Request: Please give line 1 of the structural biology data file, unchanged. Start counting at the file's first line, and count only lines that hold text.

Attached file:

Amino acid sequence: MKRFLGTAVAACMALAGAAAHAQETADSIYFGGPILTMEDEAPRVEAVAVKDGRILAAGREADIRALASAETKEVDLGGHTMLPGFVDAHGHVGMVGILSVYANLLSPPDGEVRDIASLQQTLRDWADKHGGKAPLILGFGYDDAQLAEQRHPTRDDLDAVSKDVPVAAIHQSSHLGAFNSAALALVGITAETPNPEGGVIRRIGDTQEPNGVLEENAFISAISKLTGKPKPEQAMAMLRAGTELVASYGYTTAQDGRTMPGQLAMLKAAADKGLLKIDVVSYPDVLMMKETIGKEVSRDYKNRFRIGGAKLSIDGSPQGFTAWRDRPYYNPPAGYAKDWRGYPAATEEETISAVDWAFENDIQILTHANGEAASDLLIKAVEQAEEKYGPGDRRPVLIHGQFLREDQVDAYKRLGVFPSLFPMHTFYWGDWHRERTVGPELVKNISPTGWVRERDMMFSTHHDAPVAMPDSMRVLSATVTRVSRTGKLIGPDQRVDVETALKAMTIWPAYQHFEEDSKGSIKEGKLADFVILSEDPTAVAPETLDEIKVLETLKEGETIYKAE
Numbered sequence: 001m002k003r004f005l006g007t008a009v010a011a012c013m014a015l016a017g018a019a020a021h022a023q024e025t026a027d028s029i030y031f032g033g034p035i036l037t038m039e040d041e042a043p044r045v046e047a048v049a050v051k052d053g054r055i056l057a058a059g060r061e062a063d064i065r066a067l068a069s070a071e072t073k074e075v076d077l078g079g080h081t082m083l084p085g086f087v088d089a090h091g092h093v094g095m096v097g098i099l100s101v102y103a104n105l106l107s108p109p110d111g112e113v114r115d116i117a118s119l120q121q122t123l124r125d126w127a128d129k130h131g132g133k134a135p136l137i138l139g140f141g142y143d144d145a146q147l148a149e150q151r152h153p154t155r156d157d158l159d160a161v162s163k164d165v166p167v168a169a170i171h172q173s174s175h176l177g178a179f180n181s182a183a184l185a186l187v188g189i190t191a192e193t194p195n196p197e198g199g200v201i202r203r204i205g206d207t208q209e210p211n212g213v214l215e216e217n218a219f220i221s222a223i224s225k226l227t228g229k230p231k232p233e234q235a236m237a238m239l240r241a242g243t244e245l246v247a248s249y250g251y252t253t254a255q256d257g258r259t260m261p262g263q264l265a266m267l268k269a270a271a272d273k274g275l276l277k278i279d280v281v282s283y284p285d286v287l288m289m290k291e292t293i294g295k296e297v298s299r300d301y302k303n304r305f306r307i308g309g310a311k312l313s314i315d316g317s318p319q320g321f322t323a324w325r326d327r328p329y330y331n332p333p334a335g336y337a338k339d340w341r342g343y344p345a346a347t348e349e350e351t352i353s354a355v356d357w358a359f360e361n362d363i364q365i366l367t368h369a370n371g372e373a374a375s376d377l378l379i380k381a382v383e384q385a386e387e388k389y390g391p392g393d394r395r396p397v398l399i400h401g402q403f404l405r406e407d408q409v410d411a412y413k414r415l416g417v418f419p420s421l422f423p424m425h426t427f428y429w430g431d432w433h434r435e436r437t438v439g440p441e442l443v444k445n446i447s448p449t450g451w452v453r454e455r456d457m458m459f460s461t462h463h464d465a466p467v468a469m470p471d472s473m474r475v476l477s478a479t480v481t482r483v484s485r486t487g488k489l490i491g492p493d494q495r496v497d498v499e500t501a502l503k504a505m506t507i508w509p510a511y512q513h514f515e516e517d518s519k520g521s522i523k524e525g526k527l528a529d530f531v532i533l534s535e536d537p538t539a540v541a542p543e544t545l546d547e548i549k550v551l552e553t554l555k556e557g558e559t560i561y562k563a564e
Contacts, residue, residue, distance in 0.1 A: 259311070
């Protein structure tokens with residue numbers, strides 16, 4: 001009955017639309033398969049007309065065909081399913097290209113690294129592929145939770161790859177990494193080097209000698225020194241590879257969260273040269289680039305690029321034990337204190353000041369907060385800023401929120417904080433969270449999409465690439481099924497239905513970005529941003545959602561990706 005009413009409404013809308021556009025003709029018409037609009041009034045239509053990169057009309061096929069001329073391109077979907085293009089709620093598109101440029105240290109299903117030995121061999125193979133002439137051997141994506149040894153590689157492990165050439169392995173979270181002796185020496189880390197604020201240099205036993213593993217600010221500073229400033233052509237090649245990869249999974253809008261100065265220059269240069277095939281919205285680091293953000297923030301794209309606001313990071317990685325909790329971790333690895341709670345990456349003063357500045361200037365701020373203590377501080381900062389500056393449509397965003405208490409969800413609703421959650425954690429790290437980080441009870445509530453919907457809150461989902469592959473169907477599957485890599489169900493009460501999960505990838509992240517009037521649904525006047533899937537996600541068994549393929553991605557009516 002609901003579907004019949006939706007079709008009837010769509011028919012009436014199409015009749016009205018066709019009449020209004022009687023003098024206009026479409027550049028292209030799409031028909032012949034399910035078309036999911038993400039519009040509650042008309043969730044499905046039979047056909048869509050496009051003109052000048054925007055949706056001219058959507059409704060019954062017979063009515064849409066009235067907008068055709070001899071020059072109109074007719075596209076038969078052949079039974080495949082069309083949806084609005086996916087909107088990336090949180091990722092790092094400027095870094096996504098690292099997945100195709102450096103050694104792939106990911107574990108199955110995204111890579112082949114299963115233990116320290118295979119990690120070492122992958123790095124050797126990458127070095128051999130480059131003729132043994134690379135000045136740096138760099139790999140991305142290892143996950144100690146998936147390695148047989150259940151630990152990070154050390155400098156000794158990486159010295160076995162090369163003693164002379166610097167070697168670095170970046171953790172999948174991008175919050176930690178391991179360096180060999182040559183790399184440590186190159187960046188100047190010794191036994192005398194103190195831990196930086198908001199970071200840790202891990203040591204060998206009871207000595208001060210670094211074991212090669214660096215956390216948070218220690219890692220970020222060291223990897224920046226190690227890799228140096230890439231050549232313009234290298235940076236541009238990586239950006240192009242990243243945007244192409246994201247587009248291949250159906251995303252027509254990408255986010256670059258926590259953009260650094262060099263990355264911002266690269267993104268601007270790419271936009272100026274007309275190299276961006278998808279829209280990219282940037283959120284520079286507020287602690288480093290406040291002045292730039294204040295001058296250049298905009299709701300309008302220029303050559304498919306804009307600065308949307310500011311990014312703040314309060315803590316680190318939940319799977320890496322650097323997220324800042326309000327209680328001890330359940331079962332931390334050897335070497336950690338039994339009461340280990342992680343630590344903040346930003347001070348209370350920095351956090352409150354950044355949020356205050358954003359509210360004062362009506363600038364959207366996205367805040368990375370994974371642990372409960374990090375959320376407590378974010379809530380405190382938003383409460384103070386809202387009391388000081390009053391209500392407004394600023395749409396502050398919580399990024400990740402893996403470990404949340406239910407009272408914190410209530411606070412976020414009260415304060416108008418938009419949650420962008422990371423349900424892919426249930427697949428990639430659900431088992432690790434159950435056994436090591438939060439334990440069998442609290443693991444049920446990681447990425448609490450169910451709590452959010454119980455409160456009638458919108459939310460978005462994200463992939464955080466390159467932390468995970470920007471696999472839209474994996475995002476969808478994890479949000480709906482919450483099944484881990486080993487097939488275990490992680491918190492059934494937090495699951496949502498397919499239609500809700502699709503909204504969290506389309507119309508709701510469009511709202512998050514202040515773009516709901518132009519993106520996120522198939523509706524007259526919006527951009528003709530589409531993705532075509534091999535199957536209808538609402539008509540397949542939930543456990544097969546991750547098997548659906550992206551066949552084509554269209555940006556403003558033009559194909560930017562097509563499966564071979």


Amino acid sequence: MKRFLGTAVAACMALAGAAAHAQETADSIYFGGPILTMEDEAPRVEAVAVKDGRILAAGREADIRALASAETKEVDLGGHTMLPGFVDAHGHVGMVGILSVYANLLSPPDGEVRDIASLQQTLRDWADKHGGKAPLILGFGYDDAQLAEQRHPTRDDLDAVSKDVPVAAIHQSSHLGAFNSAALALVGITAETPNPEGGVIRRIGDTQEPNGVLEENAFISAISKLTGKPKPEQAMAMLRAGTELVASYGYTTAQDGRTMPGQLAMLKAAADKGLLKIDVVSYPDVLMMKETIGKEVSRDYKNRFRIGGAKLSIDGSPQGFTAWRDRPYYNPPAGYAKDWRGYPAATEEETISAVDWAFENDIQILTHANGEAASDLLIKAVEQAEEKYGPGDRRPVLIHGQFLREDQVDAYKRLGVFPSLFPMHTFYWGDWHRERTVGPELVKNISPTGWVRERDMMFSTHHDAPVAMPDSMRVLSATVTRVSRTGKLIGPDQRVDVETALKAMTIWPAYQHFEEDSKGSIKEGKLADFVILSEDPTAVAPETLDEIKVLETLKEGETIYKAE